The preponderance of Croatian materials in the Library of Congress is held in the general collections. Consisting of thousands of books, journals, and pamphlets, the materials cover all possible subjects with the exception of clinical medicine and technical agriculture, which are collected by the National Library of Medicine and the National Agriculture Library. Materials held in the general collections are findable by searching the Library of Congress Online Catalog.
The largest subject is language and literature. Represented are collected works and individual titles for all of the major Croatian authors and poets from all eras, as well as many works of minor writers. In the collection are several important books on the history of South Slavic languages: Grammatik der illyrischen Sprache (Vienna, 1854) by Andrija Torkvat Brlić; and Ilirska slovnica (Zagreb, 1854) by Vjekoslav Babukić. The Library has most of the important dictionaries for Croatian such as the Academy dictionary Rječnik hrvatskoga ili srpskoga jezika (Zagreb, 1880-1976), Petar Skok's 4-volume etymological dictionary Etimologijski rječnik hrvatskoga ili srpskoga jezika (Zagreb, 1971-74), as well as many smaller, specialized works and historical, etymological, and bilingual dictionaries. Grammars, language textbooks, and linguistic studies are collected extensively.
The history and politics of Croatia and the Balkan peoples is a particular strength of the collection. Books on all aspects of Croatian history and politics are collected, including the works of all major publishers and scholars from all eras, but books from the communist era are particularly extensive. Examples of historical titles include Znameniti i zasluzni Hrvati te pomena vrijedna lica u hrvatskoj povijesti od 925-1925 (Zagreb, 1925), Generalno učilište Dominikanskoga reda u Zadru ili "Universitas Jadertina" 1396-1807 (Zadar, 1996), and the many works of Ferdo Šišić (1869-1940). Croatians living outside their state made a significant contribution in publishing the memoirs of prominent participants in Croatia's recent history and describing their history from various perspectives. Here notable titles are Ivo Korsky, Hrvatski nacionalizam (a history of Croatia from 1918 to 1945) and Vjekoslav Vrančić, Branili smo drzavu, as well as the memoirs of the leader of the post-Yugoslav country of Croatia, Franjo Tudjman's Bespuca povijesne zbiljnosti (1989). All of the major historical journals are held in print and/or digital formats such as Časopis za suvremenu povijest [Journal of Contemporary History] from Zagreb, Kulturna baština [Cultural Heritage] from Split, and Povijesni prilozi [Historical Contributions], also from Zagreb.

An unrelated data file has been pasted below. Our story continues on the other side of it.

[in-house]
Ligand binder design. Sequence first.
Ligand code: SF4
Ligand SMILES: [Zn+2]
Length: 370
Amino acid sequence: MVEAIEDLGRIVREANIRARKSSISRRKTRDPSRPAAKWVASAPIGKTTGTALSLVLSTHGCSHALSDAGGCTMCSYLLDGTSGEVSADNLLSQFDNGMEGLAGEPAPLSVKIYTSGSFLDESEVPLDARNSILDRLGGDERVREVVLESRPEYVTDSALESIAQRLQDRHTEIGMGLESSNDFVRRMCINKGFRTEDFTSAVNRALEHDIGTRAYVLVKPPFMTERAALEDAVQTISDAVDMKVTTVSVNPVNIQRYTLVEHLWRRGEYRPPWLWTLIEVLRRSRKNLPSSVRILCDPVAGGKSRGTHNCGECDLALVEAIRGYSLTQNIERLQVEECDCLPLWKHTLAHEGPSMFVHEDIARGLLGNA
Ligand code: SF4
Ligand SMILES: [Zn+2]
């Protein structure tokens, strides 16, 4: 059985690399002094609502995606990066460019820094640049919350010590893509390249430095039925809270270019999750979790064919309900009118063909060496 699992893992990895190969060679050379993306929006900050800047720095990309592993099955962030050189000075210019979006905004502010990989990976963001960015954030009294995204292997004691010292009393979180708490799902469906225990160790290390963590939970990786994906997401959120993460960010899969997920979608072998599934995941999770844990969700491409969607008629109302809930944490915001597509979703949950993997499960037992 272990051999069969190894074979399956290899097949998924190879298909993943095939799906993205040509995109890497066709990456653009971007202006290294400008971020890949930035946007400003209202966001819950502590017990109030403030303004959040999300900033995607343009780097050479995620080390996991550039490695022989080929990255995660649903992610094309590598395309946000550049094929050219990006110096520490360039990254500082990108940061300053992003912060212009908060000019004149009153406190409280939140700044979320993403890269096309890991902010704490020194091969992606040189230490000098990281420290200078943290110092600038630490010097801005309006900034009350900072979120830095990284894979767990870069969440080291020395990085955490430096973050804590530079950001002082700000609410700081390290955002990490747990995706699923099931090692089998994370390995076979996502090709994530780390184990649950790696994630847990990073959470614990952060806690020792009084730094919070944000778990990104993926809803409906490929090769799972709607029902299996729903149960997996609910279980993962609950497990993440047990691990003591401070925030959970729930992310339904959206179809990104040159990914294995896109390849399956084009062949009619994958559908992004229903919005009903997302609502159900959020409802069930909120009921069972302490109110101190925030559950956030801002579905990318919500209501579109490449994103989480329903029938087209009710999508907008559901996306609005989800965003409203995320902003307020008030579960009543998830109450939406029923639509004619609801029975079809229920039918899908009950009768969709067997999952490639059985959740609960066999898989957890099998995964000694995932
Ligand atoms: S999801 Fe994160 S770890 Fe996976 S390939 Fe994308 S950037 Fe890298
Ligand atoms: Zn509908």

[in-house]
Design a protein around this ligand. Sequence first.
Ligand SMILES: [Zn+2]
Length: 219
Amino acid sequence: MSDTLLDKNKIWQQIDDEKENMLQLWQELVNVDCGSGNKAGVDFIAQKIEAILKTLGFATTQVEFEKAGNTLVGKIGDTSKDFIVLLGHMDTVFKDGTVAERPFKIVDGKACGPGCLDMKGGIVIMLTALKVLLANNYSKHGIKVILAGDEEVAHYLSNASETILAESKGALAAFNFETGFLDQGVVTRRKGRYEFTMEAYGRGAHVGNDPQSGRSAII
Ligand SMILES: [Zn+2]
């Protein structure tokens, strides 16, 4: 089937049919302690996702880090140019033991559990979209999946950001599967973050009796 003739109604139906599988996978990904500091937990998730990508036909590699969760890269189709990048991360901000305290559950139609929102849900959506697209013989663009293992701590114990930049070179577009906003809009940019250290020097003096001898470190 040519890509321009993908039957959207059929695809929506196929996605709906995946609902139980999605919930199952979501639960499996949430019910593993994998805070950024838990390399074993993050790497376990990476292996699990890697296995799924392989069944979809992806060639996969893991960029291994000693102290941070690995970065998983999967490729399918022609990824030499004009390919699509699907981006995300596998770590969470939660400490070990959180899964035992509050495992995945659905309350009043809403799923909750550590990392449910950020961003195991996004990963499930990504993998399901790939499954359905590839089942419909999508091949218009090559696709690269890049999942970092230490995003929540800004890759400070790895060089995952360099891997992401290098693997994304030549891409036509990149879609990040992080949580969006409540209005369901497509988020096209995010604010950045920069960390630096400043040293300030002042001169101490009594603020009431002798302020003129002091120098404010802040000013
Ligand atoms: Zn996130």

Although the majority of Croatian materials in the Library of Congress are published in Zagreb, titles from other cities comprise approximately 25% of the collection making regional publications a relative strong point. Military history is a weak spot in the Croatian collection, with only several hundred titles held. Books about World War II are prevalent, but titles published in Croatia during the war are less so. Overall, the collection is strongest for the post World War II period. Also of note are the thousands of books touching on the subject of Croatia in English and other West European languages, as well as languages of the other countries in Southeast Europe.
The collection is rich in government publications, both historical and current. There are nearly complete holdings of the records of parliament, Croatian census data from various historical periods, publications of the Croatian National Bank, and other Croatian statistical materials, ranging from the various iterations of the main statistical almanac, Statistički ljetopis [Statistical annual], to specialty compilations on economics, culture, and agriculture.
Recognizing that historians, genealogists, and business researchers frequently need to consult directories, the Library of Congress maintains a collection of international telephone directories. Business and specialized directories from Croatia are cataloged and may be identified using the Library of Congress Online Catalog. Uncataloged telephone directories from Croatia may be identified using the guide Croatia: Address and Telephone Directories. The uncataloged collection contains over 100 volumes from 1948 to 2015. Also of interest may be some titles listed in the telephone directory guide for Former Yugoslavia. For uncataloged items in the general collections, a researcher must request the items by completing a call slip in the Main Reading Room or asking in person for help in the European Reading Room. Selected directories also have been digitized and are freely available on the Library of Congress website.
A number of materials related to Croatia or former Yugoslavia exist in the Library of Congress collections in microfilm and/or microfiche formats. The materials range from newspapers and serials to books and archival documents. Described below are some microfilm sets available in the Microform and Electronic Resource Center (MERC). For newspapers on microfilm see the guide Croatian Newspapers at the Library of Congress which shows titles, holdings, format and location of the materials.
Regarding microfilm collections of State Department records on the internal affairs of Yugoslavia from the National Archives - the Library of Congress acquired only two of the six sets, 1945-1949 and 1950-1954. Please consult the National Archives to see the records from 1910-1929, 1930-1944, 1955-1959, and 1960-1963.